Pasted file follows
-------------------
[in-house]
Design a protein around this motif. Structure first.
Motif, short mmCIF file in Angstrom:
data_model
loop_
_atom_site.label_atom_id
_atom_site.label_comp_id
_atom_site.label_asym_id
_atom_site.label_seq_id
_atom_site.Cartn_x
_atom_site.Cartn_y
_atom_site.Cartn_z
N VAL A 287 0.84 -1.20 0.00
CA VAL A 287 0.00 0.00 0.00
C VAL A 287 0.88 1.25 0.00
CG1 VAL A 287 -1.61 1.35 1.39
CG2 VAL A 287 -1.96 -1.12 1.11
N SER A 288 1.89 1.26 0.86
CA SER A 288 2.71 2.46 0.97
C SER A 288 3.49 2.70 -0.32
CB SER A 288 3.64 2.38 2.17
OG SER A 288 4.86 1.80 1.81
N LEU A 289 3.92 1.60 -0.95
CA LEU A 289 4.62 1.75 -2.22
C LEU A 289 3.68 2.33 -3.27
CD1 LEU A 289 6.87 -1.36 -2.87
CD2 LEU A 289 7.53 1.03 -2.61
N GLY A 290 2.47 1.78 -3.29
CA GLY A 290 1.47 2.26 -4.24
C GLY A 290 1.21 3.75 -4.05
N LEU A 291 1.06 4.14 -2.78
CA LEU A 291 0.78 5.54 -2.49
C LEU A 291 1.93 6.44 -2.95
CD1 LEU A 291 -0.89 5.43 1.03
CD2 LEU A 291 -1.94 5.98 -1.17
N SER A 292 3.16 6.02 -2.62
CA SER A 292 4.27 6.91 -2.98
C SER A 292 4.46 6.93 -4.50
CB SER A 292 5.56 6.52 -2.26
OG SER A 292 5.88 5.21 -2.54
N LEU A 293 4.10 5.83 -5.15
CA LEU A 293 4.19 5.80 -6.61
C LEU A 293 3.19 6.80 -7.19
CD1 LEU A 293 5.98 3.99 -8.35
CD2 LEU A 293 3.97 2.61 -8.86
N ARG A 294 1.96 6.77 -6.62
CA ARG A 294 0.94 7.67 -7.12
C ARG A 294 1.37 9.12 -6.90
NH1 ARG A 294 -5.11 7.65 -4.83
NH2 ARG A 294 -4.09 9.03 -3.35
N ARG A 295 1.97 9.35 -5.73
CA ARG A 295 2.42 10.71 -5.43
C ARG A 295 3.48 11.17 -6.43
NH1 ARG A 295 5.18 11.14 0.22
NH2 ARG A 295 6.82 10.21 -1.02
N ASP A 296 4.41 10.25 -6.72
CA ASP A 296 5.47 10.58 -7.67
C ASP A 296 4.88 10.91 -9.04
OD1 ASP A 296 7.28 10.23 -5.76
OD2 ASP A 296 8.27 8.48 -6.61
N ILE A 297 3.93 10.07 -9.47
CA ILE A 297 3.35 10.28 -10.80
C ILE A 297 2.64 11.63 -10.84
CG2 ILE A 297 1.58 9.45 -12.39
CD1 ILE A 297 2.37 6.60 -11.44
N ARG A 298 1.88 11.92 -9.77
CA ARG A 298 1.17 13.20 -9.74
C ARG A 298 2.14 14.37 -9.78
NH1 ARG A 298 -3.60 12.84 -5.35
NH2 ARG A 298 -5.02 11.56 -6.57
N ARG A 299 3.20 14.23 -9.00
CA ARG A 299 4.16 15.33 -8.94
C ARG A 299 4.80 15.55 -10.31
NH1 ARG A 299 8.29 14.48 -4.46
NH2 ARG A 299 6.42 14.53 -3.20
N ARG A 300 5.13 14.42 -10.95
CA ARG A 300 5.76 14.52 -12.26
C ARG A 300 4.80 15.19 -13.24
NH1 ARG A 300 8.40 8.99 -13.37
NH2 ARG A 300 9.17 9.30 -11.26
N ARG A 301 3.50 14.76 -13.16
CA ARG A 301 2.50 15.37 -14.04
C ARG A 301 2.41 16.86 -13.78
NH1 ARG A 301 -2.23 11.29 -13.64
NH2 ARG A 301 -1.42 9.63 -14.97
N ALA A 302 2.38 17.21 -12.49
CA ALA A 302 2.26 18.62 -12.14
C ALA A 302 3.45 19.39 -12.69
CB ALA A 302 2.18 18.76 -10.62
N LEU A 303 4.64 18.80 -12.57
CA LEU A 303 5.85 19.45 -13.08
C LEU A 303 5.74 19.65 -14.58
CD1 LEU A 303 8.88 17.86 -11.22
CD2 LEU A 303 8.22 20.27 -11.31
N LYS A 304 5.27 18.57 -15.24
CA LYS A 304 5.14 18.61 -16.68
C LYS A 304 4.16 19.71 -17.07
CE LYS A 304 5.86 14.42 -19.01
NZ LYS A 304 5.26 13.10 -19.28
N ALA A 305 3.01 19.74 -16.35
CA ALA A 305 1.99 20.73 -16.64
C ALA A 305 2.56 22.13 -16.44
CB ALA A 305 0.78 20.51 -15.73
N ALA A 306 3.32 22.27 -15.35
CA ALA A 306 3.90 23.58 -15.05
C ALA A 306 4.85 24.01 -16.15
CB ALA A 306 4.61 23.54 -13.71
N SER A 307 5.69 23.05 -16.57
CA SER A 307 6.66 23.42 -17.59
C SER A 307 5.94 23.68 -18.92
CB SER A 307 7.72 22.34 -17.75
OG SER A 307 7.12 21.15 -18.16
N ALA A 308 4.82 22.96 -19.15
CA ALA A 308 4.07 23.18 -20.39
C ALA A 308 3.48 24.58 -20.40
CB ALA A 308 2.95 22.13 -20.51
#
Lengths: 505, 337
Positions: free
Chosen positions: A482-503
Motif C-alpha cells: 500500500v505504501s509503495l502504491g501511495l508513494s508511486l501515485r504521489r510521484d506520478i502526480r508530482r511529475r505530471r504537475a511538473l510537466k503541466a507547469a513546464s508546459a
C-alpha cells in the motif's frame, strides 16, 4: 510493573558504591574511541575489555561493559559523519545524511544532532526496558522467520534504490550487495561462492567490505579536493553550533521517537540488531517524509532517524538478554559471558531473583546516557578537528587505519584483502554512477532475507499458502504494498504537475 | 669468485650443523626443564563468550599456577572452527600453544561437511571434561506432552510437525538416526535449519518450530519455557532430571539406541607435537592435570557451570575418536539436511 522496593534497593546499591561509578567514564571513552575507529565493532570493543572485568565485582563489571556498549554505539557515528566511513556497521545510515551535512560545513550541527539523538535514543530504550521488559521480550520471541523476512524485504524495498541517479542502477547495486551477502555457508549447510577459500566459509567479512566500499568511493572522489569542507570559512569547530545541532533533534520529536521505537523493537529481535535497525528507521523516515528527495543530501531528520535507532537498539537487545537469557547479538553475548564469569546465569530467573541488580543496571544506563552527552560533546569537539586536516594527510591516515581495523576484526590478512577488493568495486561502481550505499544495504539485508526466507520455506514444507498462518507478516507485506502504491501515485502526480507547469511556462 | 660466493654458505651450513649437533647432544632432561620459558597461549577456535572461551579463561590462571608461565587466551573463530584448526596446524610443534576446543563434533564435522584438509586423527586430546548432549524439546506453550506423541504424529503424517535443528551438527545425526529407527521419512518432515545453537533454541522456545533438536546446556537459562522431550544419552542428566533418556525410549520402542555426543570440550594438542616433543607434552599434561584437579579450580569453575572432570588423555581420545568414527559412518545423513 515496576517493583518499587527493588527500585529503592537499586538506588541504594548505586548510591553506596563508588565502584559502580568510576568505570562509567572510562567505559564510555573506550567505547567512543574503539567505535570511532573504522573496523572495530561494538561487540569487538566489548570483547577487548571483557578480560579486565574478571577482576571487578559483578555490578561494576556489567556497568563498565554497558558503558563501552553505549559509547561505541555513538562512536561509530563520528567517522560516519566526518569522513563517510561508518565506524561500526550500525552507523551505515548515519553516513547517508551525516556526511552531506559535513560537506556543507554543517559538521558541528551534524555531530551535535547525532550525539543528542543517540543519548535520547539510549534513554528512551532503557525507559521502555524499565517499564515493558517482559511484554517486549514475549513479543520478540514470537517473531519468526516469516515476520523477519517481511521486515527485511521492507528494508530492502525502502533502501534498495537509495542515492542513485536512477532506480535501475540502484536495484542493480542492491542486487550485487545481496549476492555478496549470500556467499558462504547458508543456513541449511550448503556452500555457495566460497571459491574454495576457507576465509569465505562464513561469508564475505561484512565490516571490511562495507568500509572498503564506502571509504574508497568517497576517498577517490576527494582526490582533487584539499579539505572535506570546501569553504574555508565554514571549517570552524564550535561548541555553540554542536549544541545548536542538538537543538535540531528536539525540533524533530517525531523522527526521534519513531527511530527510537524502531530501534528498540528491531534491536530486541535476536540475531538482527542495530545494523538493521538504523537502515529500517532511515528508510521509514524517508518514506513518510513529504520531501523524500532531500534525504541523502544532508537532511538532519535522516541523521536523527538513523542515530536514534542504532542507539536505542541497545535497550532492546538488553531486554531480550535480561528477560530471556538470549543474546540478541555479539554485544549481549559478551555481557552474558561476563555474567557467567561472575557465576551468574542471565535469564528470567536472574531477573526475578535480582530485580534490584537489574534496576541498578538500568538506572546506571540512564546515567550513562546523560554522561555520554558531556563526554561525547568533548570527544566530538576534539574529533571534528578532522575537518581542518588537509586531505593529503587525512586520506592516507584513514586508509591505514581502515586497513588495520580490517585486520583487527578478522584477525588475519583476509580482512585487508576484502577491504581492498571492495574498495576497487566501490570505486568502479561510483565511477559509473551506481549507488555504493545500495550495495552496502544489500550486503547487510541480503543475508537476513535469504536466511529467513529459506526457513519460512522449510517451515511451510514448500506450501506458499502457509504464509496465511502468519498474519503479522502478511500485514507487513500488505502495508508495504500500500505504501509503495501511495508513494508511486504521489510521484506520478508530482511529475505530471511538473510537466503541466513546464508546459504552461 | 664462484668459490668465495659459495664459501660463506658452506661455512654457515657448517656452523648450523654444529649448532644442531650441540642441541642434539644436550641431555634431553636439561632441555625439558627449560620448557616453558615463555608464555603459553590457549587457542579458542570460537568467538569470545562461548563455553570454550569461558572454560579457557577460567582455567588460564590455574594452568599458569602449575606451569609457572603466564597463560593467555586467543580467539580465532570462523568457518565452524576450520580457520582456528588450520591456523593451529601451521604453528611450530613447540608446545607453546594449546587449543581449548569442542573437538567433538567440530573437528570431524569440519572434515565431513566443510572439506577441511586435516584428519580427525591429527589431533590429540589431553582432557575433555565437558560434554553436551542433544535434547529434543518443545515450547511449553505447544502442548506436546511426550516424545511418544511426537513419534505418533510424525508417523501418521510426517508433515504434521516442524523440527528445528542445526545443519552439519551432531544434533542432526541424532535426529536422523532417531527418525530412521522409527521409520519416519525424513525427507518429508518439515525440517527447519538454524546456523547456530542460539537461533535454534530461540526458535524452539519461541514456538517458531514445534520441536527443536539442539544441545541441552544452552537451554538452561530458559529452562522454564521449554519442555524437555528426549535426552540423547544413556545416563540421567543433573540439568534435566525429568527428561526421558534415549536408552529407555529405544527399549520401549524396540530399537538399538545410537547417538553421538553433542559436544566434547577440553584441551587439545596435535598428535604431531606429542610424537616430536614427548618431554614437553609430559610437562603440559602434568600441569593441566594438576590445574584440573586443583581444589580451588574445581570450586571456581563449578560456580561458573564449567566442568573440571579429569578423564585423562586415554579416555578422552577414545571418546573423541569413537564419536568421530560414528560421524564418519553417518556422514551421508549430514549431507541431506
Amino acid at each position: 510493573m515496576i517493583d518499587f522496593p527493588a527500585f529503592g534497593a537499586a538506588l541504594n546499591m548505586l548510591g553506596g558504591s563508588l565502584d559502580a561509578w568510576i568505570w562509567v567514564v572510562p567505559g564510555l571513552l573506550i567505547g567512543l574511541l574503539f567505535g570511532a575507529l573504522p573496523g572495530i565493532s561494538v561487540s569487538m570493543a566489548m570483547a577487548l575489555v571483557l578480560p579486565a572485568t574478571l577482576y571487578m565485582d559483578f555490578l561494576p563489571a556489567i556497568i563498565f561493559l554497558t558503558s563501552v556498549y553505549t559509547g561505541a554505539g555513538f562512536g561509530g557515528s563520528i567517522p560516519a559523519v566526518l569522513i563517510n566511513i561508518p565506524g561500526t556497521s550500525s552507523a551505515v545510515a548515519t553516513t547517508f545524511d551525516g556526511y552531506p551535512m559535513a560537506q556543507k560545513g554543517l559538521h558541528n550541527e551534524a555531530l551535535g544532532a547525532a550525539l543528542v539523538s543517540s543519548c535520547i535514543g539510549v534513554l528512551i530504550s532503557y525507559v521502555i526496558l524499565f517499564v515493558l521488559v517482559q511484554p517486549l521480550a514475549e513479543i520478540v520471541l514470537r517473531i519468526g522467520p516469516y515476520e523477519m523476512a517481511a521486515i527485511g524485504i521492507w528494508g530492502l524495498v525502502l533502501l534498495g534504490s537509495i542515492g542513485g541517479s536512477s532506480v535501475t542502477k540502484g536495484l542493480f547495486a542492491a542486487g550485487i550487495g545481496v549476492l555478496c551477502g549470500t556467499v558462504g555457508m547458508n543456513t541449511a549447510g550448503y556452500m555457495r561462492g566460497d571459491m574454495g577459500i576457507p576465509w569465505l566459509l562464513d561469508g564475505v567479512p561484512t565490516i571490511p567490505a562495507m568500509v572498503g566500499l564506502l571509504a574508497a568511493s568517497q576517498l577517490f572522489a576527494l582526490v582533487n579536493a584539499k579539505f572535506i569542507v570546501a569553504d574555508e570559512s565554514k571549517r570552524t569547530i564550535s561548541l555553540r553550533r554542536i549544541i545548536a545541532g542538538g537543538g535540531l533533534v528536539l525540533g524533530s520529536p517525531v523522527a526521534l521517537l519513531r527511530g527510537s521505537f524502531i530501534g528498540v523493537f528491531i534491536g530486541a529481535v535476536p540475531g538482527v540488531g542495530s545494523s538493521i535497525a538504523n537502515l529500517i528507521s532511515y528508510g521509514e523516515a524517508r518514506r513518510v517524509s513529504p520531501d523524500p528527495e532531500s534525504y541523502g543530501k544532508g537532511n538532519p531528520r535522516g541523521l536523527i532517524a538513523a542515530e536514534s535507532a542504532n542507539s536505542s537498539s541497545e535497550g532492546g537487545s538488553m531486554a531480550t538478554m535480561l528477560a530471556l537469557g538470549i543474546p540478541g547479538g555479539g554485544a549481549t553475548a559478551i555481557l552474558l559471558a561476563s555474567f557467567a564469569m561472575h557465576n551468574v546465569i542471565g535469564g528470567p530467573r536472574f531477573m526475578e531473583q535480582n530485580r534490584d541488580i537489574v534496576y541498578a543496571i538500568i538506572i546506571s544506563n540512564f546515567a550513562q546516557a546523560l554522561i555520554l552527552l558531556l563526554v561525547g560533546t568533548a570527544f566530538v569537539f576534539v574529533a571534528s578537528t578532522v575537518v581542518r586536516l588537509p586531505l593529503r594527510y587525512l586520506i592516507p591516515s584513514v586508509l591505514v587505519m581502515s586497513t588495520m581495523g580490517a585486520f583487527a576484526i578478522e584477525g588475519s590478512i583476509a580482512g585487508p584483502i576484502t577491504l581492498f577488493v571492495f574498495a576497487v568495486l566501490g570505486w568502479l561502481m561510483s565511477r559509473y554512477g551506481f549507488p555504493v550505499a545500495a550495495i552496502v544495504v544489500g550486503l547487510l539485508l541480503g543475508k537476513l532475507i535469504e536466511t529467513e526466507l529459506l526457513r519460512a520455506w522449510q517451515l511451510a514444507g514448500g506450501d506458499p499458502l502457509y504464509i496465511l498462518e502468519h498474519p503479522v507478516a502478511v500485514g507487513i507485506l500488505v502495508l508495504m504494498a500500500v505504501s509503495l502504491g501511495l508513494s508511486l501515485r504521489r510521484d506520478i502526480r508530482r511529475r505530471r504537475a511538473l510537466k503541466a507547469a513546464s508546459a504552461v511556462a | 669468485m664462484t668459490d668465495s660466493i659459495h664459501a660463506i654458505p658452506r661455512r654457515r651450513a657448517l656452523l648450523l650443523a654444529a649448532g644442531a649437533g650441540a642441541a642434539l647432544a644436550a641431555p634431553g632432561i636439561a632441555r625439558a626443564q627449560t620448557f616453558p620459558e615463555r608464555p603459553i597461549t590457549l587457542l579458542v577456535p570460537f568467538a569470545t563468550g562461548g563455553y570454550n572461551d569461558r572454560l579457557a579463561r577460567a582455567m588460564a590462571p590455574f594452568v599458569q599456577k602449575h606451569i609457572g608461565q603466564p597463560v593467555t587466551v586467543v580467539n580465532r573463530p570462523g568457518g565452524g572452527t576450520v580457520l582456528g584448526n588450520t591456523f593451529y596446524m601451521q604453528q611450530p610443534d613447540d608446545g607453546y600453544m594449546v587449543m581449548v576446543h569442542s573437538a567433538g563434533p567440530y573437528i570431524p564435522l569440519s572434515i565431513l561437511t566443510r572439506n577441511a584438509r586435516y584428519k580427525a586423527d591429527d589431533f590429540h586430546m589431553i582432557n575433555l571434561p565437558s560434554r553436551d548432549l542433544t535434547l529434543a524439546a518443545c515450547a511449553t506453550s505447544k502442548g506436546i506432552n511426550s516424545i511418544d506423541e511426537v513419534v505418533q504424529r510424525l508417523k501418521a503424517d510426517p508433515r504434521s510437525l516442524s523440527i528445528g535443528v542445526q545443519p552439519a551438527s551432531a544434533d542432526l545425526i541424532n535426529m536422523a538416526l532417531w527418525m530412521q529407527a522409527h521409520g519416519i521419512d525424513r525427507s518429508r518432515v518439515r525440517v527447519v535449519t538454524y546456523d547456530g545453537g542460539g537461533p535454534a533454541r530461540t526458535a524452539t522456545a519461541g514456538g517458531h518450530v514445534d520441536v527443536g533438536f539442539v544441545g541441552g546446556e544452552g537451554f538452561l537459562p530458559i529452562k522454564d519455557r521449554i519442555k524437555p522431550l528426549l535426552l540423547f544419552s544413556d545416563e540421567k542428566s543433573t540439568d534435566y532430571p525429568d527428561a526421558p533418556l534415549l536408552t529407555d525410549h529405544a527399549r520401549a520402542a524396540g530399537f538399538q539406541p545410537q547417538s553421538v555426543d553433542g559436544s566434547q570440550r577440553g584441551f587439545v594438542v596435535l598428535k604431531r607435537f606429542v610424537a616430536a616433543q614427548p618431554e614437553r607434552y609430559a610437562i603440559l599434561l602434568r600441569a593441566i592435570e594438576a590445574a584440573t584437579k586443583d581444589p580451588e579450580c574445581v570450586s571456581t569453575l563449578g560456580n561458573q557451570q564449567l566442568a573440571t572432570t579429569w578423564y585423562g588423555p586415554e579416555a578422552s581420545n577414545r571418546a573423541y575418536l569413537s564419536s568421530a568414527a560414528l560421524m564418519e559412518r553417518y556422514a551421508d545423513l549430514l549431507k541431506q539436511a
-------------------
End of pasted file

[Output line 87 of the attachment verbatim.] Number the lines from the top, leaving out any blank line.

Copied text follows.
CA ALA A 302 2.26 18.62 -12.14